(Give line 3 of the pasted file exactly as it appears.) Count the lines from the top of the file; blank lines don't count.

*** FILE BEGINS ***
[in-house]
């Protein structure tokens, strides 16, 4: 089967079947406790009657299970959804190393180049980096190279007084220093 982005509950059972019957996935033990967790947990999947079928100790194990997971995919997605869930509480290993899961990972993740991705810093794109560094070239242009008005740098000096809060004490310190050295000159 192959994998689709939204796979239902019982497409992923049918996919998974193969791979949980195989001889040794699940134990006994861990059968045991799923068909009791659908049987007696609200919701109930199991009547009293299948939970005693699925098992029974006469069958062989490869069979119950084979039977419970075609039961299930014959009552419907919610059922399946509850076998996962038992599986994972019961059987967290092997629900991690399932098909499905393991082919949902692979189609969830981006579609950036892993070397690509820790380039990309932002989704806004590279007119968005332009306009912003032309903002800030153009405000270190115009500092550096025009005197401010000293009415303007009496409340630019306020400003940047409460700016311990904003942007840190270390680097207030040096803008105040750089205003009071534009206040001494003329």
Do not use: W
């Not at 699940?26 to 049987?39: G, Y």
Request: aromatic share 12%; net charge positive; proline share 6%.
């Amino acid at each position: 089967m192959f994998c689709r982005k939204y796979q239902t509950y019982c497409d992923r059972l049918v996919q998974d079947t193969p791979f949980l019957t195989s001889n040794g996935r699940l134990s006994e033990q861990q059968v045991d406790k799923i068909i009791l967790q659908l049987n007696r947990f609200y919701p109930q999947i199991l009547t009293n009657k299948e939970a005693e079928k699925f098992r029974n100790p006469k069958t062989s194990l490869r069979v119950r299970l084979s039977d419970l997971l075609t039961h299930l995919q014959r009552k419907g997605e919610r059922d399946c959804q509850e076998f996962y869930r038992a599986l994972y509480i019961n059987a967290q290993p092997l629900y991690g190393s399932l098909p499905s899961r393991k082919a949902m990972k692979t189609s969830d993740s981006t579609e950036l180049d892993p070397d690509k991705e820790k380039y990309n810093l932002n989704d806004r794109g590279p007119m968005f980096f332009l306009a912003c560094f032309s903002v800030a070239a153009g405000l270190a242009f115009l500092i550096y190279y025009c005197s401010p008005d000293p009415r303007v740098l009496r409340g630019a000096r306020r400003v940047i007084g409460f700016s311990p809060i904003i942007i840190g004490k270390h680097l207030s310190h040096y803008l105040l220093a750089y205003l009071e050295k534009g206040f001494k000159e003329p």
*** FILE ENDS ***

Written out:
Do not use: W